Effect Of Cowpea Planting Density On Growth, Yield And Productivity Of Component Crops In Cowpea/Cassava Intercropping System
Field trials were conducted at the research farm of the National Root Crops Research Institute (NRCRI), Umudike (07° 33΄ E, 05° 29΄ N) in 2004/2005 and 2005/2006 cropping seasons to determine the effect of cowpea planting density on growth, yield and productivity of component crops in cowpea/cassava intercropping system. Cassava at a density of 10,000 plants per hectare was intercropped with cowpea at four planting densities (20,000; 40,000; 60,000 and 80,000 plants per hectare). Both crops were also planted in monoculture and in intercrop. The experiment was arranged in a randomized complete block design (RCBD) with three replications. The leaf area index (LAI) of cassava was highest with the highest cowpea planting density in 2005/2006, but in 2004/2005 cropping season both cropping system and planting density did not influence the LAI of cowpea. Cowpea LAI was similar in the 2 seasons with the highest planting density (80,000 plants/ha) producing the highest LAI. Similarly, fresh root yield (t/ha) of cassava was influenced by cropping system and population density in 2005/2006, but not in 2004/2005 cropping season. Cassava tuber yield was highest with the cowpea planting density of 80,000 plants/ha. Cowpea grain yield (kg/ha) was not significantly (P>0.05) affected by intercropping in the two cropping season. Grain yield of cowpea was highest with the highest cowpea density in 2005/2006 but in 2004/2005 season, there was no cowpea density effect. The relative yield total, expressed as land equivalent ratio of the two crops was greater than 1.0 in all intercrops. At the prevailing market price level (N 7.50 per kg for cassava and N 33 per kg for cowpea), cassava intercropped with 80,000 cowpea plants/ha gave a higher monetary returns than when intercropped with other population densities of cowpea or in monoculture of the two crops. Similarly, cowpea at highest population density gave the highest monetary returns.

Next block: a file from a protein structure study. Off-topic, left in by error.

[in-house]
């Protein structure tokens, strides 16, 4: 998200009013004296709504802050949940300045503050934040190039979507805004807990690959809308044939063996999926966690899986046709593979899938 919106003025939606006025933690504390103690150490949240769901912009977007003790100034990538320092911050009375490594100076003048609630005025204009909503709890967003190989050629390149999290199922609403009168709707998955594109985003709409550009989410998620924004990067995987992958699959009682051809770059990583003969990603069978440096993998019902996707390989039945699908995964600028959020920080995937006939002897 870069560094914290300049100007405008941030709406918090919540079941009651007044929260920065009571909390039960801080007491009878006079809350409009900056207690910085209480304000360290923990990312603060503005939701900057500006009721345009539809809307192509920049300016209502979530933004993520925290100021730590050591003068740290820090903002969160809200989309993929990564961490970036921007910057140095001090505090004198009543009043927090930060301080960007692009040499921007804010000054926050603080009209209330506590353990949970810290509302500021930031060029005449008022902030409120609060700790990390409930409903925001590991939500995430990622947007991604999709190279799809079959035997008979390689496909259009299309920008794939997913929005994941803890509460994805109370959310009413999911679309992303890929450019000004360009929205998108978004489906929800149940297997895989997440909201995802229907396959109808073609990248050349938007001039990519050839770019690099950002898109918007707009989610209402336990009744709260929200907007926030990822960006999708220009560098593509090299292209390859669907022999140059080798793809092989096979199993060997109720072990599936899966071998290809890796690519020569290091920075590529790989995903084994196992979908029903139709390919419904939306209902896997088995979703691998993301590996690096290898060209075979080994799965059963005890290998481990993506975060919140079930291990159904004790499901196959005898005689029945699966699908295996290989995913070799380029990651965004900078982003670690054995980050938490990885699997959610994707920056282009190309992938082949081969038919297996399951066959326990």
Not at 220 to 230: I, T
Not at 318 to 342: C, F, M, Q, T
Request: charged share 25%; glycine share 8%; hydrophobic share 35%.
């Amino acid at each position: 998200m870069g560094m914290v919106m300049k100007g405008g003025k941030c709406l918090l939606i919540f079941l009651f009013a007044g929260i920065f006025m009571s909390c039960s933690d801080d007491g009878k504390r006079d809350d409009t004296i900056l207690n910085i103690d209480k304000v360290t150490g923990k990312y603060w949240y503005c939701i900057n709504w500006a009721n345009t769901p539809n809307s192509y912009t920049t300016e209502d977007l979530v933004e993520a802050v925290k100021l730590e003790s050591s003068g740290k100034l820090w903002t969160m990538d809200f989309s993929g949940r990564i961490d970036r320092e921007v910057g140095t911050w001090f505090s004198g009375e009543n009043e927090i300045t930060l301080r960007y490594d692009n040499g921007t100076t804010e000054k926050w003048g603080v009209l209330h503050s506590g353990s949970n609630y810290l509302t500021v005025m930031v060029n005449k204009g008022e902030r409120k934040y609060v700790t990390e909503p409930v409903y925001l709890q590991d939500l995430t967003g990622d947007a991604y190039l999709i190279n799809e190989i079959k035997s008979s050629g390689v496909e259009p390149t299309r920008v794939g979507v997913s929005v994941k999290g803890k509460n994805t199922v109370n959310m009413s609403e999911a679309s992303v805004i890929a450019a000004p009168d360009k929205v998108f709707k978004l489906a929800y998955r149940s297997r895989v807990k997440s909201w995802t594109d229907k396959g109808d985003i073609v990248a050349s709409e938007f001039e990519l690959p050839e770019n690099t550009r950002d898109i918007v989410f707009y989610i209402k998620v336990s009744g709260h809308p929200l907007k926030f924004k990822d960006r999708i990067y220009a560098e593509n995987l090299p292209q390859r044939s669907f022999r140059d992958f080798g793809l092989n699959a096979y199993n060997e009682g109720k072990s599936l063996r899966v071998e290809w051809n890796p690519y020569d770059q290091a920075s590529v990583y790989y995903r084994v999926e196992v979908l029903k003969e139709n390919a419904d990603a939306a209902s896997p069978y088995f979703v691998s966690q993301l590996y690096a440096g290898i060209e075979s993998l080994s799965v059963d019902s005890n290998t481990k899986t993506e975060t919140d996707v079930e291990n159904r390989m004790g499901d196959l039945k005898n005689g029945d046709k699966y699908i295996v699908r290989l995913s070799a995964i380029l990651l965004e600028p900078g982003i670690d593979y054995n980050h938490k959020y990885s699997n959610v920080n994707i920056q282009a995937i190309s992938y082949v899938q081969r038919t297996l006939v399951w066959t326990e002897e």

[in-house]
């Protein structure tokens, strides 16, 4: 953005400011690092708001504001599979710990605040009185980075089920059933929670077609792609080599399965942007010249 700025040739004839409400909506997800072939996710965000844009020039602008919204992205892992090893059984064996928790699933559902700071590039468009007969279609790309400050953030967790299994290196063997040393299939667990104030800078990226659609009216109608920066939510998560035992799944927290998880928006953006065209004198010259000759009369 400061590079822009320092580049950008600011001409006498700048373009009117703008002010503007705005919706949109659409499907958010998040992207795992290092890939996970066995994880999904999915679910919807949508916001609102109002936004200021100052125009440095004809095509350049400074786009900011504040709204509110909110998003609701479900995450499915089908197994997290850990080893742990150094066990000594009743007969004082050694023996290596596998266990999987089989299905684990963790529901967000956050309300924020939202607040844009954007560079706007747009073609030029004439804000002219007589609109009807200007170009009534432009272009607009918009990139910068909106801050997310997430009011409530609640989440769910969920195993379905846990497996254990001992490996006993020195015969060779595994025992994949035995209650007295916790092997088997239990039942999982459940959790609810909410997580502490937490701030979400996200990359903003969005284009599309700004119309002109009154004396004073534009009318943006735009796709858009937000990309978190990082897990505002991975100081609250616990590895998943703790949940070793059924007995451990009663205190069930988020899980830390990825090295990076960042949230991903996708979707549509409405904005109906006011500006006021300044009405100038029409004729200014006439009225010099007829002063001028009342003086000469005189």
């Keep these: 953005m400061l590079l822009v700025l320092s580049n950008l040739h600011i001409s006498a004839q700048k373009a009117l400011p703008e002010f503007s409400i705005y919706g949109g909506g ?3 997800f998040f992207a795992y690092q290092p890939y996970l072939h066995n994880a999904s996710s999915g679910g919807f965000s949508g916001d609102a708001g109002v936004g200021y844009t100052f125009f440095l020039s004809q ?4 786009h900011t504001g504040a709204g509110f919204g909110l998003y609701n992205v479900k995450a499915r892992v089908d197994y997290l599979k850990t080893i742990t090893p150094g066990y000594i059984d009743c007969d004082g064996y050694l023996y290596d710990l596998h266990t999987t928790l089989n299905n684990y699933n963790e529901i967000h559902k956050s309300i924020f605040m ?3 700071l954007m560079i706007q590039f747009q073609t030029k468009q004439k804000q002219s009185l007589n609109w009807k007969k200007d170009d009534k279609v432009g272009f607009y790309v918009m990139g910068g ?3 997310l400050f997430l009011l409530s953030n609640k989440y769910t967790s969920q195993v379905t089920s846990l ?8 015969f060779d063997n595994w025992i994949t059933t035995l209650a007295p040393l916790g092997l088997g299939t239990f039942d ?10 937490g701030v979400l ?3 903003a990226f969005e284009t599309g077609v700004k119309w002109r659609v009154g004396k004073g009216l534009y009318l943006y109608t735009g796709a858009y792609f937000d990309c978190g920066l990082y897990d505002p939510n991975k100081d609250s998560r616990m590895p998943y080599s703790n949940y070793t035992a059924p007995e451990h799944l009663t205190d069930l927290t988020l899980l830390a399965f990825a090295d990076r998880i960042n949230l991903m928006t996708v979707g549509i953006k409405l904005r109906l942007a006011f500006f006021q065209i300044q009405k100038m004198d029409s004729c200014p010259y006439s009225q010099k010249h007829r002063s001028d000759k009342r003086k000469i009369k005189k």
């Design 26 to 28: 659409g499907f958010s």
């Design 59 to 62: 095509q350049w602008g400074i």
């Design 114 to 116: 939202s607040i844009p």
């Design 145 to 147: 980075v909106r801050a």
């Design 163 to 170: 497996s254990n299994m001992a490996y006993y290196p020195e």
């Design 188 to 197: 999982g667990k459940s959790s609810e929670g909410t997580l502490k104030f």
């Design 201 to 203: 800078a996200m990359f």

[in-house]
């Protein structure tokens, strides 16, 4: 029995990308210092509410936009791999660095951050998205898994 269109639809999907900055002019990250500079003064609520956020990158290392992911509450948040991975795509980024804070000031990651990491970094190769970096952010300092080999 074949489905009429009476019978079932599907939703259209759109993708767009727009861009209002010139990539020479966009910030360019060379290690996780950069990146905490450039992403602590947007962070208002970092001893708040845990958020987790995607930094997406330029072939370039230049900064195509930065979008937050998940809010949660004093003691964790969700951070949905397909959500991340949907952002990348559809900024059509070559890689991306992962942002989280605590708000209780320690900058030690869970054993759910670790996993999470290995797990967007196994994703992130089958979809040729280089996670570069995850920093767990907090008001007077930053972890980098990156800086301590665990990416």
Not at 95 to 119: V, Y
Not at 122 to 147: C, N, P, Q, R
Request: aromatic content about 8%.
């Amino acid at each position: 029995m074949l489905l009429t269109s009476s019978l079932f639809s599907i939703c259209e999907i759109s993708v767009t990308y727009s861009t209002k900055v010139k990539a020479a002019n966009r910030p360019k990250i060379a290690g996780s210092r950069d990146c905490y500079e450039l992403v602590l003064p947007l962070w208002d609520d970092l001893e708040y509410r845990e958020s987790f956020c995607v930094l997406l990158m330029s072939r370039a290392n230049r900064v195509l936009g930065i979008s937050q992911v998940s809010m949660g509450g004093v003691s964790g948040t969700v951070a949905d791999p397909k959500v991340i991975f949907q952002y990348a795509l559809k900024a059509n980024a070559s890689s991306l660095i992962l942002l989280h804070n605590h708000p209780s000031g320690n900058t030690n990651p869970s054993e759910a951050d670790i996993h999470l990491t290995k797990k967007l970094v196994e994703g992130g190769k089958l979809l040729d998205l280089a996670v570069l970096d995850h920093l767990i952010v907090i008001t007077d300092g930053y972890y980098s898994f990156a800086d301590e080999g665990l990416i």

Agro-Science Vol. 7 (2) 2008: pp. 106-113